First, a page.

The car rental giant Hertz freezes its mega-deal with Polestar. After deciding to sell off one-third of its existing EV fleet (mostly Teslas) in January, the company now puts a temporary hold on the agreement to purchase 65 000 Polestar 2 vehicles.
That’s another big blow for Geely’s daughter Polestar, which recently announced the dismissal of 15% of its personnel and the departure of Volvo as one of its major shareholders.
3 billion deal
Two years ago, Hertz ordered 65 000 Polestar 2 sedans to be delivered in the next five years, a deal valuing around $3 billion. At the time, this was a major boost for a small company that had just produced 30 000 cars in one year.
“We intend to resume the deliveries to Hertz on a big scale at a certain moment in time,” Polestar CEO Thomas Ingenlath told the Financial Times. However, it’s not at all certain if that will already be in 2025. The CEO asked Hertz not to sell its already delivered Polestars too early because that would completely destroy Polestar’s financial trustworthiness.
Ingenlath is urgently searching for $ 1,3 billion of fresh capital, and just now, Volvo (shareholder in Polestar for 48%) withdraws. The value of a Polestar share has already decreased by 40% since the beginning of this year. Mother Geely will undoubtedly be obliged to come to the rescue.
It’s been a while since Hertz reversed its ambitious plans to electrify one-fourth of its fleet of over 500,000 cars by the end of this year. That was one of the reasons it also ordered 100 000 Tesla vehicles in 2021.
The deal gave Hertz a serious headache. Tesla went into a price battle in a more competitive EV market, which is also slowing down recently, and that was very bad for the residual value of Hertz’s Tesla cars when they were at the end of their contract.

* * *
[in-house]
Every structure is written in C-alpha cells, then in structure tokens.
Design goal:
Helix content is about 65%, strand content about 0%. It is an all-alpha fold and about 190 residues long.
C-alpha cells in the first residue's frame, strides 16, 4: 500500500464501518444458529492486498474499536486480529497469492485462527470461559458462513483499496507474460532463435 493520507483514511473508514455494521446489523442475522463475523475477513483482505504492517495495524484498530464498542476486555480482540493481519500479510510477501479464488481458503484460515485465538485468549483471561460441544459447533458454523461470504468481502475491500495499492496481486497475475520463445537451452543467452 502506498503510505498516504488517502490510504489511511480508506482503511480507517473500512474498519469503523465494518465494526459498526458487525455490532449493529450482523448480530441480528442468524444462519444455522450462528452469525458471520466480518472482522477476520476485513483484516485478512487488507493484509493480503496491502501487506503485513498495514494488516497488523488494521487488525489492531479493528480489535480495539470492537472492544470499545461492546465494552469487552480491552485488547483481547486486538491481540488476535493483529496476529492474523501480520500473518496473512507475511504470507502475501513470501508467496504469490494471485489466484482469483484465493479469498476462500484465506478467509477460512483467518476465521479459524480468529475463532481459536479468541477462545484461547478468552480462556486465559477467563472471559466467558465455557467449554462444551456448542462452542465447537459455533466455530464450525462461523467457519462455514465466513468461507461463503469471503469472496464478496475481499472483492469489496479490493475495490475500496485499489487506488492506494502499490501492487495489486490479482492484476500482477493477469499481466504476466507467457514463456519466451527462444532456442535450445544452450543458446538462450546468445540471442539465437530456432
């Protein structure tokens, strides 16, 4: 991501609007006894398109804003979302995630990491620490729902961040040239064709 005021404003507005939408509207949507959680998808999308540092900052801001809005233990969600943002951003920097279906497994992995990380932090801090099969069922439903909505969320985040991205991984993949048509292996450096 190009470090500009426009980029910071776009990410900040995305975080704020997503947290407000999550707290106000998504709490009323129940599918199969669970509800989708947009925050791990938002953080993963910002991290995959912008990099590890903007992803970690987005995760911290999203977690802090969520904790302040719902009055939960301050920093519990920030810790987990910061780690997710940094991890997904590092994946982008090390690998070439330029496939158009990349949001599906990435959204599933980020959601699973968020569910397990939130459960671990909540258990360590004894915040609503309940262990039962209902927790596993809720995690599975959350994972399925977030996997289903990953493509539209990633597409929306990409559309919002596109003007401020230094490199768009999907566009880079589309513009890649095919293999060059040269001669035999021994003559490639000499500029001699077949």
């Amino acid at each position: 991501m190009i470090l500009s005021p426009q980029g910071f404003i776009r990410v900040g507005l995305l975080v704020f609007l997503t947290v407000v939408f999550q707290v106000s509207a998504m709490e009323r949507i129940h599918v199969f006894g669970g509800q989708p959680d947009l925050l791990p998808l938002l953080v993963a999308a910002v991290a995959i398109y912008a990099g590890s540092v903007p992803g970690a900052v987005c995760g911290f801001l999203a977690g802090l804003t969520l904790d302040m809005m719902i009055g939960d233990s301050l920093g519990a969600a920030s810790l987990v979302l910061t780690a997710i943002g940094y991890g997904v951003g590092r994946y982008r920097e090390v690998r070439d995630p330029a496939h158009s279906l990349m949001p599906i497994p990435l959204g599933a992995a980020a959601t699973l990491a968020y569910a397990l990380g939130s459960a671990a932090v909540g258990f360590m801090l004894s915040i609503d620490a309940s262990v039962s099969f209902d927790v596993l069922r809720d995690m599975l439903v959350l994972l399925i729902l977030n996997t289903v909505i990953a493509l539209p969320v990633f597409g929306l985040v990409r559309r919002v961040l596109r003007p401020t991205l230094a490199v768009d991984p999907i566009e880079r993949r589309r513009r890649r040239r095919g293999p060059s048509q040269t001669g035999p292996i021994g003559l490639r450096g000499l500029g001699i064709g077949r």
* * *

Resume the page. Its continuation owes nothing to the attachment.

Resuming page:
Hertz was also complaining about more accidents with its EV cars because customers weren’t used to the quite impressive acceleration from a standstill an EV can provide. The company also claims that maintenance costs for EVs are higher than those for ICE cars. Last but not least, Hertz customers don’t seem to be very eager to hire an electric car from Hertz yet.
According to Hertz, customer reluctance comes from lagging charging infrastructure (especially in the States) and insufficient knowledge about the technology and its characteristics. Therefore, Hertz will continue to invest in a charging network.
Hertz’s business model puts the company at high risk while car prices are volatile because it owns its vehicles outright. The car rental company bought Tesla’s vehicles close to their peak prices. Tesla’s price cuts last year led to lower resale values, further straining Hertz’s margins.
Hertz emerged from bankruptcy after the pandemic halted travel, hitting rental and vacation companies especially hard. The rental giant is set to report earnings on Tuesday. We’ll learn more about Hertz’s financial situation following the release.